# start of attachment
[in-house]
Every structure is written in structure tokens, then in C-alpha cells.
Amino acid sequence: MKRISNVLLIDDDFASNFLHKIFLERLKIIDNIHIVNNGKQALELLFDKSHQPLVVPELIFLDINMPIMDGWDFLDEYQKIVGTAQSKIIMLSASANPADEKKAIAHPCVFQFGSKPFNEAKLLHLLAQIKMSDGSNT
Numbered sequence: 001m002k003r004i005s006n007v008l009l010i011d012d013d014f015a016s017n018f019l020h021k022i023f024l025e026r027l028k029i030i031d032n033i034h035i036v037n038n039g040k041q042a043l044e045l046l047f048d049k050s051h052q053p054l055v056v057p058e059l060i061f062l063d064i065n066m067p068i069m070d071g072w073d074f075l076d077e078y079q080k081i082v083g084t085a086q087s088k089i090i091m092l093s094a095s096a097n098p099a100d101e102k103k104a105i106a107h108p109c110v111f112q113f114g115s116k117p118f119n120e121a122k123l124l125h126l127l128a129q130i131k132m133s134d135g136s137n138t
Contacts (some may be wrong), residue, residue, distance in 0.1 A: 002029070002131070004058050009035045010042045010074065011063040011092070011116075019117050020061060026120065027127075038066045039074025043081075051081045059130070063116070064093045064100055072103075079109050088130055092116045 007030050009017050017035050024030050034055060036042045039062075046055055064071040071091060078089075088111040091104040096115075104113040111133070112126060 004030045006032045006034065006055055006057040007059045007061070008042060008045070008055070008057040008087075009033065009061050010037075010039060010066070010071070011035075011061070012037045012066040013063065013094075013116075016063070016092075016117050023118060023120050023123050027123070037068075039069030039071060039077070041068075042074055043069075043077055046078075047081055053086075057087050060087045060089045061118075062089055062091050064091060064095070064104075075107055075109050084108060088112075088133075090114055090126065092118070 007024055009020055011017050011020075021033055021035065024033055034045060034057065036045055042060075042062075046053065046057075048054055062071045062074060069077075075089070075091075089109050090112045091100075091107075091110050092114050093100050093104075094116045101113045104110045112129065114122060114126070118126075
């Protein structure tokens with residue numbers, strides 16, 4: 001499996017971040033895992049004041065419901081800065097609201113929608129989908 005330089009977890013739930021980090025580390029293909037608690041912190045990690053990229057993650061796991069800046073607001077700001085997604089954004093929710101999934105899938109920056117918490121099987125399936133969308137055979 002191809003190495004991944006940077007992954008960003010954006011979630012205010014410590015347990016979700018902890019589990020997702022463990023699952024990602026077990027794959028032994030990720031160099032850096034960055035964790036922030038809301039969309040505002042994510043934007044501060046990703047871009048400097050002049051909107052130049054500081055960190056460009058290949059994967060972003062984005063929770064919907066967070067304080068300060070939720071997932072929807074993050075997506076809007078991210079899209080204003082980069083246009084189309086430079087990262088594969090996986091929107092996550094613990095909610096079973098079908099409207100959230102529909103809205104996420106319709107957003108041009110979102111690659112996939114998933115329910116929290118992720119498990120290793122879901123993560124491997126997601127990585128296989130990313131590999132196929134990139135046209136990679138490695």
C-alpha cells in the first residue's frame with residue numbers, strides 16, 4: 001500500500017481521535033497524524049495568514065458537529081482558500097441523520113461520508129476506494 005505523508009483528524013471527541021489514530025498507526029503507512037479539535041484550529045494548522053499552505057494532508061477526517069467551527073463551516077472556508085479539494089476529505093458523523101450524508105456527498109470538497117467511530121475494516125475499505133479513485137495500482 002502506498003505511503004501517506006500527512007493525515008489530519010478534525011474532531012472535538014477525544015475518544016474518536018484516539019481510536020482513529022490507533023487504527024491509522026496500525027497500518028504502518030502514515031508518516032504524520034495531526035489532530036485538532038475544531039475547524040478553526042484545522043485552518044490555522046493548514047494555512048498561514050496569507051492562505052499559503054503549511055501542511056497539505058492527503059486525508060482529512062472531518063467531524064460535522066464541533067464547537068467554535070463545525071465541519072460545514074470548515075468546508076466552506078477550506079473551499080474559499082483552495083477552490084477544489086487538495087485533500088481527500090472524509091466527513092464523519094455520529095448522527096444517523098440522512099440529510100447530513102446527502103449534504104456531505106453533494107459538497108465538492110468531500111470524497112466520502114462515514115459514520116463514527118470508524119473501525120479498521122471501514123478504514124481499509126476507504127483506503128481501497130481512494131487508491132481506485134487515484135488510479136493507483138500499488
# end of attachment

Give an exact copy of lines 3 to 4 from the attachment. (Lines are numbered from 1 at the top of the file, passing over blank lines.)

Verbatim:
Amino acid sequence: MKRISNVLLIDDDFASNFLHKIFLERLKIIDNIHIVNNGKQALELLFDKSHQPLVVPELIFLDINMPIMDGWDFLDEYQKIVGTAQSKIIMLSASANPADEKKAIAHPCVFQFGSKPFNEAKLLHLLAQIKMSDGSNT
Numbered sequence: 001m002k003r004i005s006n007v008l009l010i011d012d013d014f015a016s017n018f019l020h021k022i023f024l025e026r027l028k029i030i031d032n033i034h035i036v037n038n039g040k041q042a043l044e045l046l047f048d049k050s051h052q053p054l055v056v057p058e059l060i061f062l063d064i065n066m067p068i069m070d071g072w073d074f075l076d077e078y079q080k081i082v083g084t085a086q087s088k089i090i091m092l093s094a095s096a097n098p099a100d101e102k103k104a105i106a107h108p109c110v111f112q113f114g115s116k117p118f119n120e121a122k123l124l125h126l127l128a129q130i131k132m133s134d135g136s137n138t